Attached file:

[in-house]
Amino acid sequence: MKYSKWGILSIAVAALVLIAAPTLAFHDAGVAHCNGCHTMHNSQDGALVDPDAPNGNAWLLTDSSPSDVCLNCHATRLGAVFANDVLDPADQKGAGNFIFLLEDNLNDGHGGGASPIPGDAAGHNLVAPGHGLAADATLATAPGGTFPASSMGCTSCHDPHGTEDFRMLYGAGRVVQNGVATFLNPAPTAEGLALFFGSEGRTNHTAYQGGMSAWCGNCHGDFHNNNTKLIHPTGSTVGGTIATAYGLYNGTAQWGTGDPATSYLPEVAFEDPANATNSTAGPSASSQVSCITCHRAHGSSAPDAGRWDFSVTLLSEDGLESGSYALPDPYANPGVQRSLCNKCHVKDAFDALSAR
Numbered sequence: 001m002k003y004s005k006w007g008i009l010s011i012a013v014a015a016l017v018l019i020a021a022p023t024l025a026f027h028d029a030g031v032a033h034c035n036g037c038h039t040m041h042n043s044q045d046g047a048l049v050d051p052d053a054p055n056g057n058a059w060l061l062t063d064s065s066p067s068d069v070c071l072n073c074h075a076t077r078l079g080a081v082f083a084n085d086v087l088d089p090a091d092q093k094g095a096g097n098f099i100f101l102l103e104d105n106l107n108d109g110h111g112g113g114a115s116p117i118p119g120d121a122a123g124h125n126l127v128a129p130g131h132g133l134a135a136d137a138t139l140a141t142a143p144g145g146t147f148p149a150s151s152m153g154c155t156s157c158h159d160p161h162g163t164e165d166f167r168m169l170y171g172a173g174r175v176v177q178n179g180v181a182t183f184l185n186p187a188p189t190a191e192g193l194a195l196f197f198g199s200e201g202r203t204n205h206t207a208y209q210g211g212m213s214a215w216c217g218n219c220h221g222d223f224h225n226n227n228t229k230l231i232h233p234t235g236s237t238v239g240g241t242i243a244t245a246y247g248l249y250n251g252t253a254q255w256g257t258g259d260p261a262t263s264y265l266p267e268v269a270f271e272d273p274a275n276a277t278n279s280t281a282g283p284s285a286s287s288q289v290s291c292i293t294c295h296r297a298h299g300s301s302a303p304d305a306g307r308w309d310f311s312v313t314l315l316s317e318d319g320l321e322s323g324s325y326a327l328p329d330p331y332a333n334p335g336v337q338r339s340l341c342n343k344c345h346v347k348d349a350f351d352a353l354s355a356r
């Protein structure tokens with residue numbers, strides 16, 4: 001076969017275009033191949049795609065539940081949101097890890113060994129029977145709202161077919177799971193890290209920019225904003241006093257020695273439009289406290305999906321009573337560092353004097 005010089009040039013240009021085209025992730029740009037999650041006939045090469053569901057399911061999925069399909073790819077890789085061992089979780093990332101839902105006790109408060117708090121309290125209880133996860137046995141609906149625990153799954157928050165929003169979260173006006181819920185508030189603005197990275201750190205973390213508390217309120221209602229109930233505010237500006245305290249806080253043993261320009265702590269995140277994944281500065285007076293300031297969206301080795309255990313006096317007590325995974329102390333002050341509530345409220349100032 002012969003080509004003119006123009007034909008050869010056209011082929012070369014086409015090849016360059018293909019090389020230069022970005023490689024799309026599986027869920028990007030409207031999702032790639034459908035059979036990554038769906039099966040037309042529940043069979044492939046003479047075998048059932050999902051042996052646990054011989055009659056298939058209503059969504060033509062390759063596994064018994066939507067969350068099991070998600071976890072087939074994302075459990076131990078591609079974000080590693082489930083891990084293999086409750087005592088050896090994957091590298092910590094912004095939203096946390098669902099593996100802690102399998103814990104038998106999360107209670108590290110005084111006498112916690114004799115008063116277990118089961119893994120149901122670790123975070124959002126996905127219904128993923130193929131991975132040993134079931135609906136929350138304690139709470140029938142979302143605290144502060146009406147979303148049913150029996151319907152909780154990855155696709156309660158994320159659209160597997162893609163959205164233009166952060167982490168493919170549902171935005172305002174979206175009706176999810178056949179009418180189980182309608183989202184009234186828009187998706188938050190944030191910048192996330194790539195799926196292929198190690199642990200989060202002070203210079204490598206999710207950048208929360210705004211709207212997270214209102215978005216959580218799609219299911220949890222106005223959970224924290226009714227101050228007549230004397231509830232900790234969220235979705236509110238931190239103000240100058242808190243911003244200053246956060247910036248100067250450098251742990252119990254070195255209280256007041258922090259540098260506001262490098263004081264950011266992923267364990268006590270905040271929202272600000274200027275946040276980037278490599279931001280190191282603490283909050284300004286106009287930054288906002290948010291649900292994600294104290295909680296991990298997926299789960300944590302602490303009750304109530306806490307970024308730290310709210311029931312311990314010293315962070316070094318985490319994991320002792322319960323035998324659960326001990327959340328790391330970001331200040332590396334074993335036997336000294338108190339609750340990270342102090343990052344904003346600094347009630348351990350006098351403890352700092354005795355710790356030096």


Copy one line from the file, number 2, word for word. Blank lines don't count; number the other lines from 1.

Amino acid sequence: MKYSKWGILSIAVAALVLIAAPTLAFHDAGVAHCNGCHTMHNSQDGALVDPDAPNGNAWLLTDSSPSDVCLNCHATRLGAVFANDVLDPADQKGAGNFIFLLEDNLNDGHGGGASPIPGDAAGHNLVAPGHGLAADATLATAPGGTFPASSMGCTSCHDPHGTEDFRMLYGAGRVVQNGVATFLNPAPTAEGLALFFGSEGRTNHTAYQGGMSAWCGNCHGDFHNNNTKLIHPTGSTVGGTIATAYGLYNGTAQWGTGDPATSYLPEVAFEDPANATNSTAGPSASSQVSCITCHRAHGSSAPDAGRWDFSVTLLSEDGLESGSYALPDPYANPGVQRSLCNKCHVKDAFDALSAR